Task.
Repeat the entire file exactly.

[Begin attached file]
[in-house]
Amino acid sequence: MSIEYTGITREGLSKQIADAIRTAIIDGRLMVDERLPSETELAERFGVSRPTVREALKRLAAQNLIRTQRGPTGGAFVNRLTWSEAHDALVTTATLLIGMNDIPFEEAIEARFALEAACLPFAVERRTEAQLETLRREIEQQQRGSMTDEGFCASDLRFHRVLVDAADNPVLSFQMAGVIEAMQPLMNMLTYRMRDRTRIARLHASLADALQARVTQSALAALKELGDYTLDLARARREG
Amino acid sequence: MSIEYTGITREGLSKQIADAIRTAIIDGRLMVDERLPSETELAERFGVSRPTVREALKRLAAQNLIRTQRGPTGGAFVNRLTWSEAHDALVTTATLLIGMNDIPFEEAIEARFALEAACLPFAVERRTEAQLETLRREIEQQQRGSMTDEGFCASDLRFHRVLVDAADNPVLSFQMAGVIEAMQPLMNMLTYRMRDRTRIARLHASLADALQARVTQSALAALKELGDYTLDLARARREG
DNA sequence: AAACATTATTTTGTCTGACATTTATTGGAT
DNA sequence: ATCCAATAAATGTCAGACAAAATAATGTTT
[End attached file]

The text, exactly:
[in-house]
Amino acid sequence: MSIEYTGITREGLSKQIADAIRTAIIDGRLMVDERLPSETELAERFGVSRPTVREALKRLAAQNLIRTQRGPTGGAFVNRLTWSEAHDALVTTATLLIGMNDIPFEEAIEARFALEAACLPFAVERRTEAQLETLRREIEQQQRGSMTDEGFCASDLRFHRVLVDAADNPVLSFQMAGVIEAMQPLMNMLTYRMRDRTRIARLHASLADALQARVTQSALAALKELGDYTLDLARARREG
Amino acid sequence: MSIEYTGITREGLSKQIADAIRTAIIDGRLMVDERLPSETELAERFGVSRPTVREALKRLAAQNLIRTQRGPTGGAFVNRLTWSEAHDALVTTATLLIGMNDIPFEEAIEARFALEAACLPFAVERRTEAQLETLRREIEQQQRGSMTDEGFCASDLRFHRVLVDAADNPVLSFQMAGVIEAMQPLMNMLTYRMRDRTRIARLHASLADALQARVTQSALAALKELGDYTLDLARARREG
DNA sequence: AAACATTATTTTGTCTGACATTTATTGGAT
DNA sequence: ATCCAATAAATGTCAGACAAAATAATGTTT